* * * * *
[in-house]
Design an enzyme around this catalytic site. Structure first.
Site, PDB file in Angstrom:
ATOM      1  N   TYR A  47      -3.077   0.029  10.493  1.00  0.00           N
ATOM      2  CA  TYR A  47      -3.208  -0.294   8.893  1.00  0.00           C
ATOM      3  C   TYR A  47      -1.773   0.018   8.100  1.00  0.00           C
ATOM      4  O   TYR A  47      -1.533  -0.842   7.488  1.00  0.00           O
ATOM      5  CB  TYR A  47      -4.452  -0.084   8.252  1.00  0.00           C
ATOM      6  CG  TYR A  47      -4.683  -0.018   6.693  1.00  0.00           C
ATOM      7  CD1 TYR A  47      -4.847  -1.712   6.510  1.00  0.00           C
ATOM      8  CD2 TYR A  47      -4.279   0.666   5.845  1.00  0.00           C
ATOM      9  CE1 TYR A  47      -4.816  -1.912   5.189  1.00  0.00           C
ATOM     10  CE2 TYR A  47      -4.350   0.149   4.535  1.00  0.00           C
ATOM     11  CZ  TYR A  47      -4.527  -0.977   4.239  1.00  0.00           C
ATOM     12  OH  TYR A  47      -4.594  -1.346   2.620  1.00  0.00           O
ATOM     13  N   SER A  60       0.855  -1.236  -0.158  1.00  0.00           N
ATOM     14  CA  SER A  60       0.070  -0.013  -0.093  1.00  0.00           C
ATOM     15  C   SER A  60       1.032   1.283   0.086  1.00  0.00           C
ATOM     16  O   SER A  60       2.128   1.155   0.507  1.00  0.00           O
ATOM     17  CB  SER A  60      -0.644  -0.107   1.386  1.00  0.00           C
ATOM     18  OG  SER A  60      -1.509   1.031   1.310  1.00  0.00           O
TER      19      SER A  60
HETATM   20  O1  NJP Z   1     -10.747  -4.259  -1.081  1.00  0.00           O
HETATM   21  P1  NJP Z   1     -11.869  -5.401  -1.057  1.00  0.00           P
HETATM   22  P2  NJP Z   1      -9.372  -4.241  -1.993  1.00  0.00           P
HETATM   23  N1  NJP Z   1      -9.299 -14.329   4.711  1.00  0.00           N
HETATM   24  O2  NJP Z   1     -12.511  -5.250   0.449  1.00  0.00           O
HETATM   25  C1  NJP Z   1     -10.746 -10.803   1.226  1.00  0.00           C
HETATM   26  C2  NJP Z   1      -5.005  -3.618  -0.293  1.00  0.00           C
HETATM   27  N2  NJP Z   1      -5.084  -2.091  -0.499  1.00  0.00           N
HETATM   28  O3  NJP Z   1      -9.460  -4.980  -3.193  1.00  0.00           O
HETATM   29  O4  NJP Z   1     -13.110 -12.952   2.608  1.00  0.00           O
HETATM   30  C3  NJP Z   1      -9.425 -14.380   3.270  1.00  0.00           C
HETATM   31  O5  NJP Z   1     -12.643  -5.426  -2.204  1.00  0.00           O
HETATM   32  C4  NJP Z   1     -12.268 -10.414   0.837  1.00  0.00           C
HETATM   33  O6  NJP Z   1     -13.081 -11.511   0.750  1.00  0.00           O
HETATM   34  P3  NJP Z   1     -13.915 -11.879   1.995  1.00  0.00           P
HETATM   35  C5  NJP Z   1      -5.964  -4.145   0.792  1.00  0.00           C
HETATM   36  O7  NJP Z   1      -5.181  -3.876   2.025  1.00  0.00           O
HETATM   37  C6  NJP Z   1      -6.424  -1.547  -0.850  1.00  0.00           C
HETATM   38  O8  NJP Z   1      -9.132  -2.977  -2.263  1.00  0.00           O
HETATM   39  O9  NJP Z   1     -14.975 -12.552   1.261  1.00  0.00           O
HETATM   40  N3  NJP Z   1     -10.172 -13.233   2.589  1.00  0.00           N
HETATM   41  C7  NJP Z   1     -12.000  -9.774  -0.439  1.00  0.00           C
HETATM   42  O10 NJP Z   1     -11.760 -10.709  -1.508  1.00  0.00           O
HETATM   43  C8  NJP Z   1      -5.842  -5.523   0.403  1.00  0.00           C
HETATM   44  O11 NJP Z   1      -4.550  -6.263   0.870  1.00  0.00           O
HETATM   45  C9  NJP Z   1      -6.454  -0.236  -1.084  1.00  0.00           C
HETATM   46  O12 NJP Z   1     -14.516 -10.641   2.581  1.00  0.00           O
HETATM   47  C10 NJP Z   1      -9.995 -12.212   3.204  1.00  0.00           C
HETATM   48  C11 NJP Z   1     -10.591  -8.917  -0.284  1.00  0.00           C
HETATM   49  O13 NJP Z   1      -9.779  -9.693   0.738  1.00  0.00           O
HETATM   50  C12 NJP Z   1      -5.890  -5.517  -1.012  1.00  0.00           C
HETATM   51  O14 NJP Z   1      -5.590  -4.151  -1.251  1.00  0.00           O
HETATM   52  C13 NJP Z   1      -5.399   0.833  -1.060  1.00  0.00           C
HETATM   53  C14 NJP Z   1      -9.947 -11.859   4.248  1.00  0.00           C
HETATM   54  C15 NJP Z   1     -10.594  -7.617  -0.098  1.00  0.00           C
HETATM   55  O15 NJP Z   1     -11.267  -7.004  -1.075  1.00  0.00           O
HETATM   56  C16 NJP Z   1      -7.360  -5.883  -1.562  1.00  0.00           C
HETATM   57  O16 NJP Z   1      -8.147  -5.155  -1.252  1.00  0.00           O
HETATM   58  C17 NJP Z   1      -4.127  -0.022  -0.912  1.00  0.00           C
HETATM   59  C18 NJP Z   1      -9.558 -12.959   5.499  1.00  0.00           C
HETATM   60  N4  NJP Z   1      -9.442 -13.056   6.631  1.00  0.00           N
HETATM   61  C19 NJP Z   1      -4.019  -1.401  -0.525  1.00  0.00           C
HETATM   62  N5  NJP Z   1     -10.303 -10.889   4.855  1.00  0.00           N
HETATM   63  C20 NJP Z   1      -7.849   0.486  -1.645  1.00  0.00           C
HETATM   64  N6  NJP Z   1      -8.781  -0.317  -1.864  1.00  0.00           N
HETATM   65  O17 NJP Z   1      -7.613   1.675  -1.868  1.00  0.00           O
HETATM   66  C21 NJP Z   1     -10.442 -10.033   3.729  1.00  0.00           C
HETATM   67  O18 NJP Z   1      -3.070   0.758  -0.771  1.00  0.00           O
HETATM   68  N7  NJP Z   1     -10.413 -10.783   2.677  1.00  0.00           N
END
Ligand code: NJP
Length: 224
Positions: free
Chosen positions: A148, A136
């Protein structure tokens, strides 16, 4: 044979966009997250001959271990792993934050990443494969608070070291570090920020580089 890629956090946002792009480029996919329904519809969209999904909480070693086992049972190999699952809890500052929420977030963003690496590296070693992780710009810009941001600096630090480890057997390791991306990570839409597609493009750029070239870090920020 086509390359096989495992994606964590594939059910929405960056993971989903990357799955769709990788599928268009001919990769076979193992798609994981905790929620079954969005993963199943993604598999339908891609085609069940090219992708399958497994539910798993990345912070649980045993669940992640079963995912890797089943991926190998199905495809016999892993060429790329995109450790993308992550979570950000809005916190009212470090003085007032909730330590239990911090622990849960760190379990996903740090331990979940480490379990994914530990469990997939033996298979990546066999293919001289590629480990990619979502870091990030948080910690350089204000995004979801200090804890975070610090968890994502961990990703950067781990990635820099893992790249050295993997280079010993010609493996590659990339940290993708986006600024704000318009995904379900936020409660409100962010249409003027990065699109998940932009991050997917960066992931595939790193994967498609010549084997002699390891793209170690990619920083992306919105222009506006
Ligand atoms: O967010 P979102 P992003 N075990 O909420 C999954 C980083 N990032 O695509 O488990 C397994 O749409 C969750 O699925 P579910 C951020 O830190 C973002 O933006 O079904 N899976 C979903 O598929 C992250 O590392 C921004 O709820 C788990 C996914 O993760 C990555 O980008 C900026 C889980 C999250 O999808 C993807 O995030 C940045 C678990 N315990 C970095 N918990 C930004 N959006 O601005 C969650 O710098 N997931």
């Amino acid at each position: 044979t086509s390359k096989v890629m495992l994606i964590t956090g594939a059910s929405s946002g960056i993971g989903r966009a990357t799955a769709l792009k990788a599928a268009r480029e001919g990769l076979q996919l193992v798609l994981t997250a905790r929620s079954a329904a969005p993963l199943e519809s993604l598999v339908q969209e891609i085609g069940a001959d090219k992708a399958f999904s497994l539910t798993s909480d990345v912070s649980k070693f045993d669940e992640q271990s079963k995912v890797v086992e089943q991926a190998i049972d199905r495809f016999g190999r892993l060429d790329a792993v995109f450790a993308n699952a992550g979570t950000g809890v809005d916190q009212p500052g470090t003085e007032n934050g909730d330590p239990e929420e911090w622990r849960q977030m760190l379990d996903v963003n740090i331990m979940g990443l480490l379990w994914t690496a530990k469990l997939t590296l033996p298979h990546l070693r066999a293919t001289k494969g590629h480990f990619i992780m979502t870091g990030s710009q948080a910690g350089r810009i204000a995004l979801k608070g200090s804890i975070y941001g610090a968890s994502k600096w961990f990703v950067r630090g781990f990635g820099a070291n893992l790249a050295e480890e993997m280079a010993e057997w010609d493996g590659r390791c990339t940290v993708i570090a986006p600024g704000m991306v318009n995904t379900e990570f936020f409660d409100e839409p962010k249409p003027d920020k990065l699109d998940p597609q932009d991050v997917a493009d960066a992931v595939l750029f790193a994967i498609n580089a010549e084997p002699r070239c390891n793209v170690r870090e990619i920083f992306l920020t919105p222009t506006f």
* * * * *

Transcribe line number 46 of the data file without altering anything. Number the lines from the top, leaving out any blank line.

HETATM   43  C8  NJP Z   1      -5.842  -5.523   0.403  1.00  0.00           C